Service Canada received nearly 1 million applications last week for employment insurance, which is 33 times more than the same week in 2019. I haven’t seen the numbers broken down for Alberta, but given that Alberta has 12% of Canada’s population, there’s a good chance that a significant number of those applications came from Alberta.
Between July 2019 and February 2020, Alberta experienced a net loss of over 50,000 full-time jobs. And that was before the province implemented emergency measures that ended up shutting down businesses, forcing people out of work. Plus, with the huge drop in oil prices and the stock markets, unemployment has probably skyrocketed in the province. Alberta already had tens of thousands of people out of work, and the COVID-19 crisis likely pushed that number into the hundreds of thousands. We won’t know for sure until the employment numbers are released in early April.
Regardless, it’s clear that the working class has been hit hard by the crisis. Public facilities have closed, putting public sector employees out of work. Self-isolation and social distancing policies enacted by the province have forced people to primarily stay in their homes, driving down demand for products and services provided by businesses. These businesses have had to close or at least restrict staff hours.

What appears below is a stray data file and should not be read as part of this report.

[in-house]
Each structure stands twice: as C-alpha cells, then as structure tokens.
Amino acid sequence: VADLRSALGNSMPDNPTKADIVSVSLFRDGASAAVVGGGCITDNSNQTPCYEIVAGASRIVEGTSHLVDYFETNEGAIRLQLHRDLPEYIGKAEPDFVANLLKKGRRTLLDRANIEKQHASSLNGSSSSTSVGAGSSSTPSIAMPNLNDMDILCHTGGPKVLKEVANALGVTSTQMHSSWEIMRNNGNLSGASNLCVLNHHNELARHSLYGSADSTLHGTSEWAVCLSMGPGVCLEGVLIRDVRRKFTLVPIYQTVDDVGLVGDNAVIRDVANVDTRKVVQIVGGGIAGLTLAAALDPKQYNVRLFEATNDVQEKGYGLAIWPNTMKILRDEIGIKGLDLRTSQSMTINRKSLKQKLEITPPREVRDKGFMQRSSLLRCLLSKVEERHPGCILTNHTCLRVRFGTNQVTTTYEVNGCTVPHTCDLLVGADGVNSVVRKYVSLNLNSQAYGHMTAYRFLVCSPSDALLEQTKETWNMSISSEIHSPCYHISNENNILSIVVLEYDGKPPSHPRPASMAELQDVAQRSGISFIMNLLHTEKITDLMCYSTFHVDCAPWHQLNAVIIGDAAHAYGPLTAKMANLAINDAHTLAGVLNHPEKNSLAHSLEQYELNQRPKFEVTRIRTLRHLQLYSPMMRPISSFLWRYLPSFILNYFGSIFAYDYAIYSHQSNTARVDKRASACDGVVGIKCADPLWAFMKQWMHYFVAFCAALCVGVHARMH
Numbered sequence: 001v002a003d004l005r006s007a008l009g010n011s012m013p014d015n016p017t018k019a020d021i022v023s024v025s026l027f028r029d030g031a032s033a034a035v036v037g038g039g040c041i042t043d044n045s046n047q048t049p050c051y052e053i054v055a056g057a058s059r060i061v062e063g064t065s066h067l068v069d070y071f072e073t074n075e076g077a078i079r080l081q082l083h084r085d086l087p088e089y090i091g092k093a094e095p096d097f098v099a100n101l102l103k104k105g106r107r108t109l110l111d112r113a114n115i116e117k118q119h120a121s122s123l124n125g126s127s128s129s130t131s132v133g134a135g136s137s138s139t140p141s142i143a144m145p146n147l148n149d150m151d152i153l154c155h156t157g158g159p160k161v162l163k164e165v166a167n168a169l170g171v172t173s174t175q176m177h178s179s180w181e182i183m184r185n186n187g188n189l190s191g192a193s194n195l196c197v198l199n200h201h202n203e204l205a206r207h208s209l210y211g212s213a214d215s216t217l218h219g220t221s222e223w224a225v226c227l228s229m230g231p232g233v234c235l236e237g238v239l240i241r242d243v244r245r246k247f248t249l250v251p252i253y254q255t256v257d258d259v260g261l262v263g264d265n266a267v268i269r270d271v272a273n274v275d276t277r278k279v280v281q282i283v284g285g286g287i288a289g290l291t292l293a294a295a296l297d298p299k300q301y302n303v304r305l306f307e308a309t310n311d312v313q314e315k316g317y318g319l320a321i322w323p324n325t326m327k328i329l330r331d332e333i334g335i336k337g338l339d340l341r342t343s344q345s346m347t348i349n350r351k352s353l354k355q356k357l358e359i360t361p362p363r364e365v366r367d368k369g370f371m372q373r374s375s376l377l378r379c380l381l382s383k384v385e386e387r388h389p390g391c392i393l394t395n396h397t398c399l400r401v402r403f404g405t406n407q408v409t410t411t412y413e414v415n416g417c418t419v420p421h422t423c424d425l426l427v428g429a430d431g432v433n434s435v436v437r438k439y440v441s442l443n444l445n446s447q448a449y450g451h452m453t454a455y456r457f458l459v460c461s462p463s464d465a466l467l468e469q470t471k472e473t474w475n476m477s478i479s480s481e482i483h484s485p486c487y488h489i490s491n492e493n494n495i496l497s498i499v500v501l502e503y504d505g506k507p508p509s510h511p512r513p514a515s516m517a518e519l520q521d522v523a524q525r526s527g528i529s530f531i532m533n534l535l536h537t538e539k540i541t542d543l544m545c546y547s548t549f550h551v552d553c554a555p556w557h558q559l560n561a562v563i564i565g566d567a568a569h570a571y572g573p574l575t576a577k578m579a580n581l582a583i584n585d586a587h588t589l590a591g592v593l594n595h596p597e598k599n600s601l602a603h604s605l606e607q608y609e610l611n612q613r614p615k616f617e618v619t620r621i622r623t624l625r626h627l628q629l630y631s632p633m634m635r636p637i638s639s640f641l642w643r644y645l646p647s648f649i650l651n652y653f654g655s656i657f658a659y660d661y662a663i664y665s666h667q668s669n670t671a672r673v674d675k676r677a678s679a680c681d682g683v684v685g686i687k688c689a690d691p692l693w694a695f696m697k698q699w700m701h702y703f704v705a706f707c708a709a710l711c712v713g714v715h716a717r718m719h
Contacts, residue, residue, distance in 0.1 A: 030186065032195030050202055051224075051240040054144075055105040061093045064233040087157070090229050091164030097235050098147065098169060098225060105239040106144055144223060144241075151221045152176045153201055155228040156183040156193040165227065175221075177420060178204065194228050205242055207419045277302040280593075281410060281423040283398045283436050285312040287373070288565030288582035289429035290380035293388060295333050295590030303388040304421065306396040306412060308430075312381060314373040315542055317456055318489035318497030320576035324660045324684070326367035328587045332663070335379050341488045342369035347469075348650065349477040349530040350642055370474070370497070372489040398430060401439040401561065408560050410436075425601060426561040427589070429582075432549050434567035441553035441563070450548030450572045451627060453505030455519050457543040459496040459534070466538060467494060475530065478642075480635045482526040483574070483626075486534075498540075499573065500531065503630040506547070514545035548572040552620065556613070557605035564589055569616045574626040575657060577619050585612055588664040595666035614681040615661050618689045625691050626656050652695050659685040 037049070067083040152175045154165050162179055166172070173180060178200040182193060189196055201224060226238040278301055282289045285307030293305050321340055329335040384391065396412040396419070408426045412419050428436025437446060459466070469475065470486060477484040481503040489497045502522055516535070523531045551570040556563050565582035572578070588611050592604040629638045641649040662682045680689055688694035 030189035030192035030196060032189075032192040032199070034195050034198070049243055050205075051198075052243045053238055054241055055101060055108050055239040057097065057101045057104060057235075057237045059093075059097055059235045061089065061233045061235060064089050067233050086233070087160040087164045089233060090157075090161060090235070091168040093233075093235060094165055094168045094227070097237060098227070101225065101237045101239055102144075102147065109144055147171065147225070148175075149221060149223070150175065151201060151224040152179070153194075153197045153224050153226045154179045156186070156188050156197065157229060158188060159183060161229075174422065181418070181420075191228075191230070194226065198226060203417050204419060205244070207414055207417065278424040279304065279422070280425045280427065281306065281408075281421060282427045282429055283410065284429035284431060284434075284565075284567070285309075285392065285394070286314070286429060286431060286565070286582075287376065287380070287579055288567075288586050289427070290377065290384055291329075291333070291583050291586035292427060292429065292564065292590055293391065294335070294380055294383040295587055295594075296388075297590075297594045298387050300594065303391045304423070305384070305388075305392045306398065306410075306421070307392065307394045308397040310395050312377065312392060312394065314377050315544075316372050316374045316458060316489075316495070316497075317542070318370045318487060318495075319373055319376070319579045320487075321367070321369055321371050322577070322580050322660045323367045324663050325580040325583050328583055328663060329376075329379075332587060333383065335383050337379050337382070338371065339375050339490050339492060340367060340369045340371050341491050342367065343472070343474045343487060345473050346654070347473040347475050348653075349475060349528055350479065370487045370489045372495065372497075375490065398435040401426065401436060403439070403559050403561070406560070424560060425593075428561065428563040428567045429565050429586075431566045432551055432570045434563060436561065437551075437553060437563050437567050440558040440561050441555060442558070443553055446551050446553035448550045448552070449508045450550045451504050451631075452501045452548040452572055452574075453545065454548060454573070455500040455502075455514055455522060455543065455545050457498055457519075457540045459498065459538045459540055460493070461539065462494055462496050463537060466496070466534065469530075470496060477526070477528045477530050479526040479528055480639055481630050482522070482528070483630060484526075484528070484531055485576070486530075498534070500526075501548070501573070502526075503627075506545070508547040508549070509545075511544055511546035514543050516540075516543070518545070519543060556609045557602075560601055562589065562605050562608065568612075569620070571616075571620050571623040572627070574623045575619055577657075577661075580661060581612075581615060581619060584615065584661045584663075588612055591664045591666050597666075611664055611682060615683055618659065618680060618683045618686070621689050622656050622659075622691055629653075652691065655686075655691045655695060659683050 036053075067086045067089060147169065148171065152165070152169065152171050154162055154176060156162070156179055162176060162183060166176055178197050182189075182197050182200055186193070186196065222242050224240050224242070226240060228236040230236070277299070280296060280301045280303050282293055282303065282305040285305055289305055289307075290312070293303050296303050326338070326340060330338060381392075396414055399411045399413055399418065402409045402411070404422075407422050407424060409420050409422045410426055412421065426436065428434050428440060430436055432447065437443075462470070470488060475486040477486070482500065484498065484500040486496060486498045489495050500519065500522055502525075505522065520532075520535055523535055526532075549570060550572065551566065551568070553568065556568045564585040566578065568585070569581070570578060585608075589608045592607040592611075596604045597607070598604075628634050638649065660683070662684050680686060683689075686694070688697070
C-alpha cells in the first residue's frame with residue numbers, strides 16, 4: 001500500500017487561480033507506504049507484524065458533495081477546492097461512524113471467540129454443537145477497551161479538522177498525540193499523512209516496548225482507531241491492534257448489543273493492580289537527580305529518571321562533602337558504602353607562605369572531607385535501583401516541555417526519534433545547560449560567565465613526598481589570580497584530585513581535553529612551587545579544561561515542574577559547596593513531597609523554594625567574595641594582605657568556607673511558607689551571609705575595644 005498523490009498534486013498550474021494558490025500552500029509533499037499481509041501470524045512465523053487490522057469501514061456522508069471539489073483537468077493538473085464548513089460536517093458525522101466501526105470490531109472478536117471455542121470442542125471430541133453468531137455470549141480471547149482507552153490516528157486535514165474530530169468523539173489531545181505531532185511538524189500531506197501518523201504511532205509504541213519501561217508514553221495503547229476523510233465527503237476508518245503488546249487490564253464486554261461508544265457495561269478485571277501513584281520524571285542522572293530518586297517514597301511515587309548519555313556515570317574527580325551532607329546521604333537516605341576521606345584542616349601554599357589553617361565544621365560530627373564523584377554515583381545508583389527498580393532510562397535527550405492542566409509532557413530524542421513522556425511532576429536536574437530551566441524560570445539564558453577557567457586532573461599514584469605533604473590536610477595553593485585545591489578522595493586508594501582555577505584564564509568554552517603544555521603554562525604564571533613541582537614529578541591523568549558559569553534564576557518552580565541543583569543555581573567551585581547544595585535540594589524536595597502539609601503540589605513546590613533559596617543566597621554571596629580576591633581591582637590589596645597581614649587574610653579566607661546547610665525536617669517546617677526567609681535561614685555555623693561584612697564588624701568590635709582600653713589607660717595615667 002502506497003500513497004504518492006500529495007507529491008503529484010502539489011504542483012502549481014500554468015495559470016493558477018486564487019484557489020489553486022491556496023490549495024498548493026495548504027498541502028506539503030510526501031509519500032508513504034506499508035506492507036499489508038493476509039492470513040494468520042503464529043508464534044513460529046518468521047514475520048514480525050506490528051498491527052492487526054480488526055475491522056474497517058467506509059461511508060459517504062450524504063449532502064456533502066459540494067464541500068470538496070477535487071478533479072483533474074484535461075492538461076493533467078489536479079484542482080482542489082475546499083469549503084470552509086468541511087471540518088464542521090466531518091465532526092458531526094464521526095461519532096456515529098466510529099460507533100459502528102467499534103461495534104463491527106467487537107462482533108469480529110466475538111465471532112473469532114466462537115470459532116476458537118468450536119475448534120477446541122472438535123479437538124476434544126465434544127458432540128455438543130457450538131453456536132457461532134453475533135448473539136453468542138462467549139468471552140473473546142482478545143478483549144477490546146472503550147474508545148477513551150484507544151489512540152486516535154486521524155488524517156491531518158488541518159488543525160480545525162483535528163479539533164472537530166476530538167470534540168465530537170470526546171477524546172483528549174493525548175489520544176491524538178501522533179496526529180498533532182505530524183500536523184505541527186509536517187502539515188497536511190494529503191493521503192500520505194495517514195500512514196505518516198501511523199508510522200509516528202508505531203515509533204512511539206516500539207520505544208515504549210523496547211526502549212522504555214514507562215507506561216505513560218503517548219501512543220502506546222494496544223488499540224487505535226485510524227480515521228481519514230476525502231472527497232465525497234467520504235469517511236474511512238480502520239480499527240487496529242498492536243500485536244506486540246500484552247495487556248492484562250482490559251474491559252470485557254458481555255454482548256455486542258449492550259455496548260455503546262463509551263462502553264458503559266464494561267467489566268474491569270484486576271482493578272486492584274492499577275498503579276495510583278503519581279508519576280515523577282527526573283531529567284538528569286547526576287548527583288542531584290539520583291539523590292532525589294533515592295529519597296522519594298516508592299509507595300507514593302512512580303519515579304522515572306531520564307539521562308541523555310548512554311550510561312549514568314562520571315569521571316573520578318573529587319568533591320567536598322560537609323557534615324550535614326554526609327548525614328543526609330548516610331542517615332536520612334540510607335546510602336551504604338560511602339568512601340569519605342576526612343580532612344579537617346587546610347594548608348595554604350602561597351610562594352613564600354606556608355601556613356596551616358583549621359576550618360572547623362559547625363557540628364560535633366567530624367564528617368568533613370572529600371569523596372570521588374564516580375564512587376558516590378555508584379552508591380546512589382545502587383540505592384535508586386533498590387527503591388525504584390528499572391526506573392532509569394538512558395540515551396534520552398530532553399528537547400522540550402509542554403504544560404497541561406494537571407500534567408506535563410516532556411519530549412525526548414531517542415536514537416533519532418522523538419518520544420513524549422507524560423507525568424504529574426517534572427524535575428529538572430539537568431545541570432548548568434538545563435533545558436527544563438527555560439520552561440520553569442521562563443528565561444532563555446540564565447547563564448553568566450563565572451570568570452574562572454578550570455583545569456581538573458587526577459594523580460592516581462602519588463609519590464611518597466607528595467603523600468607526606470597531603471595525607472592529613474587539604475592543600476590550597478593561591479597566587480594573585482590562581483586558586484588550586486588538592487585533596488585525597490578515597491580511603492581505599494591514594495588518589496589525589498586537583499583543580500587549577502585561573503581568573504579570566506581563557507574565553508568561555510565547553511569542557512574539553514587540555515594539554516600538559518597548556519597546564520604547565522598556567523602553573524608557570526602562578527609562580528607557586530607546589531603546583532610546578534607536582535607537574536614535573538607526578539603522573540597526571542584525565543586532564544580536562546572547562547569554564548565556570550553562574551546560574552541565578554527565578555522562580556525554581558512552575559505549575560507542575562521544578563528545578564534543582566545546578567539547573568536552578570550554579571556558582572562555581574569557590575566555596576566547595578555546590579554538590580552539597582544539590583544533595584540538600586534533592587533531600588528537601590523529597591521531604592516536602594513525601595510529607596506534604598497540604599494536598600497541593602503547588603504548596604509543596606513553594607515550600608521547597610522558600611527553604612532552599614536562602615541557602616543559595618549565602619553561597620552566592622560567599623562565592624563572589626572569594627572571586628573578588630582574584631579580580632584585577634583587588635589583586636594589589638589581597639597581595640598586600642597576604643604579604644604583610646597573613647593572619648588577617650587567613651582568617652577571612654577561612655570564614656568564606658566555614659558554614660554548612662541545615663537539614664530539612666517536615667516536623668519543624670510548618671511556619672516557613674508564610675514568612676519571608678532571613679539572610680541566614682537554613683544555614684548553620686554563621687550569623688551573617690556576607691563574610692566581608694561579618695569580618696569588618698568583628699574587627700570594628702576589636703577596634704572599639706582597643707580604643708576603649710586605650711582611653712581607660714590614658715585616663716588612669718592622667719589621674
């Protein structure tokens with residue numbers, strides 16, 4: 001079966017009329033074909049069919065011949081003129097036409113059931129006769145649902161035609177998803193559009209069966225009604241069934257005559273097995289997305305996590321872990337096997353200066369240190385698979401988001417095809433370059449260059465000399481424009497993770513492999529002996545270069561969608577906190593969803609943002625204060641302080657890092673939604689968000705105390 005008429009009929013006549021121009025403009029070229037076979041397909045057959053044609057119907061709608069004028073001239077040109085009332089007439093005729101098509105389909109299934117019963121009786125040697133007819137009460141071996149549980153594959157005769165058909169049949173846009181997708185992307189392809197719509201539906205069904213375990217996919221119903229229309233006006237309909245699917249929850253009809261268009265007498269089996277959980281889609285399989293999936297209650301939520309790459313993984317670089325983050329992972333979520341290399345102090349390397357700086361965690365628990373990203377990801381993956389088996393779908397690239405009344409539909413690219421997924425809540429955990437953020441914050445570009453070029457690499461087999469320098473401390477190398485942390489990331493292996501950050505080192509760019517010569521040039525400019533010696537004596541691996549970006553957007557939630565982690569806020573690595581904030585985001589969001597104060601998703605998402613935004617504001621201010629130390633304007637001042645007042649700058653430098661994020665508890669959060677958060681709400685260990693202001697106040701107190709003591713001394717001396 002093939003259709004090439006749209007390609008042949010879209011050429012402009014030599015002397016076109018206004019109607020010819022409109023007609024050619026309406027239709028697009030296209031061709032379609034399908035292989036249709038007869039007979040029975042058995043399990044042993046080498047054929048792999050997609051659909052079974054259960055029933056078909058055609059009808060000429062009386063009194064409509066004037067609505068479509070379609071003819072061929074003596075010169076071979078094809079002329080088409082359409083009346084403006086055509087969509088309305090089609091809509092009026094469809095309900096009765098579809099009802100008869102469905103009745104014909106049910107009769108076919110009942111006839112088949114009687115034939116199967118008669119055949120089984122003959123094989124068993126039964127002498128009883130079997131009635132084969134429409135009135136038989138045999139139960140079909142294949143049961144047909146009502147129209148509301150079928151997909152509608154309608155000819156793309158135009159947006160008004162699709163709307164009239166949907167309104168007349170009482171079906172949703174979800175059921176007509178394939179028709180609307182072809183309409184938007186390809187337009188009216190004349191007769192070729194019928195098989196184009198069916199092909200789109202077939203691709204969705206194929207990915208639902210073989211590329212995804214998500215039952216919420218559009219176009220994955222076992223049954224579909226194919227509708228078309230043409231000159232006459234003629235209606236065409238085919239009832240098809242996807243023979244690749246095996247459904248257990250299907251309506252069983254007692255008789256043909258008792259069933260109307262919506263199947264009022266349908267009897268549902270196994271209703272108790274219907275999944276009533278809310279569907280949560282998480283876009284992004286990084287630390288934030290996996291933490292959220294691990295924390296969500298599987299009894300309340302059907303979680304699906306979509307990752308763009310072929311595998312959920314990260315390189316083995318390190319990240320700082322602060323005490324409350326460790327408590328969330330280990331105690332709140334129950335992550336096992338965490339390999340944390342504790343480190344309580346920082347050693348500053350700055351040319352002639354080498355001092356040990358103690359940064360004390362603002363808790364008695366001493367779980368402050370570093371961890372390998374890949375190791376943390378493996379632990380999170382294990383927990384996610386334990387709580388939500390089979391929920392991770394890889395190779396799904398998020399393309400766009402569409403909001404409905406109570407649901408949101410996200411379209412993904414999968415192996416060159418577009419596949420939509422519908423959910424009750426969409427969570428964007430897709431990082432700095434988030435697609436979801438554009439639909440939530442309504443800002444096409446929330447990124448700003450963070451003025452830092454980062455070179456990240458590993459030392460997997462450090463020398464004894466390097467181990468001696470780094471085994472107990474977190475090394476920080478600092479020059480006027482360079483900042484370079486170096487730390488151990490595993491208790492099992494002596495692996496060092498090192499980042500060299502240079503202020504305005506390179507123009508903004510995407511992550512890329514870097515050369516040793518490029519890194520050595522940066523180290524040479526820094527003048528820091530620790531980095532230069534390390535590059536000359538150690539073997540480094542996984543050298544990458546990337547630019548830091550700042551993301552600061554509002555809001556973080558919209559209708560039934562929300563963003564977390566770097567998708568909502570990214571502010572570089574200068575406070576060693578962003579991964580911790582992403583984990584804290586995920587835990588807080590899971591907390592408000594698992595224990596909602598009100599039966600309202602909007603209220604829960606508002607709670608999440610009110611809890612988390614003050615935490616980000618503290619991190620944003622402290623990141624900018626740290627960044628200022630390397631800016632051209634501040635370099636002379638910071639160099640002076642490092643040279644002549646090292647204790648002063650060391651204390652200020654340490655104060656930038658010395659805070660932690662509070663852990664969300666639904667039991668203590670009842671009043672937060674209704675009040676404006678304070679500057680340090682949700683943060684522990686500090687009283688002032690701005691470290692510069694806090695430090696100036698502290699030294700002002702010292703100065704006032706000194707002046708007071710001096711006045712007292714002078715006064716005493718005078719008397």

Workers have less money to spend, and businesses have less money to spend. Some workers have no money to spend. And all this simply amplifies the problem.
For some of the working class, this affects more than just their discretionary spending. Some people are worried whether they’ll be able to afford groceries, rent, or any of their other bills.
Clearly we need solutions. And with so many businesses shut down, any real solutions likely won’t come from the private sector. Which means any solutions to the financial strain the working class is under must come from the government.
Which leads me to the response of the Alberta government.
While the provincial government has enacted several policies directed at restricting the spread of COVID-19 and mitigating the effects of the infection, I want to focus on the policies specifically intended to help the working class deal with the financial fallout.
Emergency isolation support
The first programme I want to highlight is emergency isolation support.
This is a one-time payment of $1146 designed to tide people over until federal emergency payments begin in April. While this sounds like a good measure, it’s restricted to only those who must self-isolate, who either have the disease or meet high-risk criteria, such as returning to Canada after being away.
This programme is not available to workers laid off because their employer closed their doors or workers who had their hours significantly reduced. Nor is it available to self-employed workers, such as me, who have lost all their clients.
Utility payment deferral